Thursday, November 22, 2007

ON THIS DAY: Saturday, Nov. 23, 1861

“Life with ‘Old Brains’”

Badly rattled by the pressures of command in Kentucky, Brig. Gen. William Tecumseh Sherman reports to the headquarters of the Department of the Missouri in St. Louis. The department commander, Maj. Gen. Henry W. Halleck (shown above), gives Sherman a position on his headquarters staff.

Now Halleck has under his orders two relatively unknown officers with unknown futures: Brig. Gen. Ulysses S. Grant, commander of the District of Southeast Missouri, and Sherman. How will he use these men?

Halleck is a smart man. He graduated third in his class at West Point and is the author of Military Art and Science. For his erudition, he is known throughout the Army as “Old Brains.” He is a skillful organizer and administrator, a man of paperwork and bureaucracy.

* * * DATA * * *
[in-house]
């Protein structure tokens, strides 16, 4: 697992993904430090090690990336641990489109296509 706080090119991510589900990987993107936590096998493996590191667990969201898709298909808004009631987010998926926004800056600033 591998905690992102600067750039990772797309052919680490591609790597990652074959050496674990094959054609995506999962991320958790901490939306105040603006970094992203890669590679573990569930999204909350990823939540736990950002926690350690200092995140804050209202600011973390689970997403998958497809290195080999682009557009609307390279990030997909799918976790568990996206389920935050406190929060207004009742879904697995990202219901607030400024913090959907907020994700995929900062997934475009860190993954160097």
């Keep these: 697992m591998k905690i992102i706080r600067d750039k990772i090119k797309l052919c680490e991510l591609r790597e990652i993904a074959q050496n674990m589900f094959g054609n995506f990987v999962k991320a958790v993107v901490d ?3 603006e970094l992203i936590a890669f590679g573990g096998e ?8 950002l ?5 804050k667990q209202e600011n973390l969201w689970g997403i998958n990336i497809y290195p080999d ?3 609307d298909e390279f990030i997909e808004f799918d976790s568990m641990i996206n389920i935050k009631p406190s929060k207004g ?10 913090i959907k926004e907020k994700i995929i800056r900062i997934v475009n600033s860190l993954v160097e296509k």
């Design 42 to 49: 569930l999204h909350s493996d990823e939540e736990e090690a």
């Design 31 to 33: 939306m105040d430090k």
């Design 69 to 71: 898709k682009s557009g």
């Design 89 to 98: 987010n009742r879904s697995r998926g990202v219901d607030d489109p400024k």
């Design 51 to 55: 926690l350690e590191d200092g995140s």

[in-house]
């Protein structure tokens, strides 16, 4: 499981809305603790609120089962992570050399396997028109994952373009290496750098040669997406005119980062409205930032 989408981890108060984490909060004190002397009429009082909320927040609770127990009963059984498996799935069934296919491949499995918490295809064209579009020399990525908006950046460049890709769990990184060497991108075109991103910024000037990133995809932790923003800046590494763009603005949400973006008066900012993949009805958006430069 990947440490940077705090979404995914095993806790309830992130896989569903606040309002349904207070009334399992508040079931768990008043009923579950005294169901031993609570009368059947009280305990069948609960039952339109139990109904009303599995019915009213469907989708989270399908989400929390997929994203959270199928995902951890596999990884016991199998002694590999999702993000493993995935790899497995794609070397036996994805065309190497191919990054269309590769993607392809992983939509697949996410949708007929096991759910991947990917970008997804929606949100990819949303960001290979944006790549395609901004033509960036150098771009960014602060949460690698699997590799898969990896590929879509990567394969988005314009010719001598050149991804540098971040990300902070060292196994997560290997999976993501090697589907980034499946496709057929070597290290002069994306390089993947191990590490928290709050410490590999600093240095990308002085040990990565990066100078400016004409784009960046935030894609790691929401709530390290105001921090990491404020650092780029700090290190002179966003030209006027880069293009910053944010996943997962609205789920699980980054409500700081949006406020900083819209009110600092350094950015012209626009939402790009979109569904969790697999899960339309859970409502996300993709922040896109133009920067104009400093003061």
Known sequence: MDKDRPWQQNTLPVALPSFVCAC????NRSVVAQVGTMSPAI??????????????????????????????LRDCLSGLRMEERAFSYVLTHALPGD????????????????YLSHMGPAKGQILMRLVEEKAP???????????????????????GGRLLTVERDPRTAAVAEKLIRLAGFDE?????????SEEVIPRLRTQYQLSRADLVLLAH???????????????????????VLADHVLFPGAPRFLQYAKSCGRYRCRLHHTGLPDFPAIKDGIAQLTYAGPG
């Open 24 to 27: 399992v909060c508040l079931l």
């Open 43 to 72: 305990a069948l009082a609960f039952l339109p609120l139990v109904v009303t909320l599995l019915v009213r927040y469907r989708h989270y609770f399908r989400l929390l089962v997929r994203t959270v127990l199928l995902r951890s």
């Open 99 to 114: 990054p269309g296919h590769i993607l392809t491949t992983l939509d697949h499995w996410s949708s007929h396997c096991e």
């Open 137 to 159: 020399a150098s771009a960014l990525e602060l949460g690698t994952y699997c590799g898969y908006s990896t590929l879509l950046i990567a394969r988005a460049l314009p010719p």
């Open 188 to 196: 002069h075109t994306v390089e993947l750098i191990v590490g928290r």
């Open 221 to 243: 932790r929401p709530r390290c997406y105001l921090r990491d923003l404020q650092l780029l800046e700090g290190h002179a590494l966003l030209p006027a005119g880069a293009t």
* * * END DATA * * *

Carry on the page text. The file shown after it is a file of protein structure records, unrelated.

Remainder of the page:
Like many other West Point graduates, Halleck retired from the calcified Army in the 1850s, discouraged by the limited opportunities for advancement. Originally from New York, he moved to California where he became a highly successful lawyer. With the outbreak of the Civil War, his reputed abilities won him a place on the Union military’s fast track, starting with a major generalship. Now he has a chance to put that book learning to work.

An old friend of Sherman’s, Halleck sympathizes with the frazzled Ohioan and promptly puts him in a “safe” staff position. Sherman’s first assignment: tour the state, count noses, and tell Halleck just how many soldiers he has, where they are, and how well equipped they seem to be. The job should not faze Sherman .

But it will, as Halleck will quickly learn.

>>> NOTE: Thanksgiving in 1861 will be observed next Thursday.

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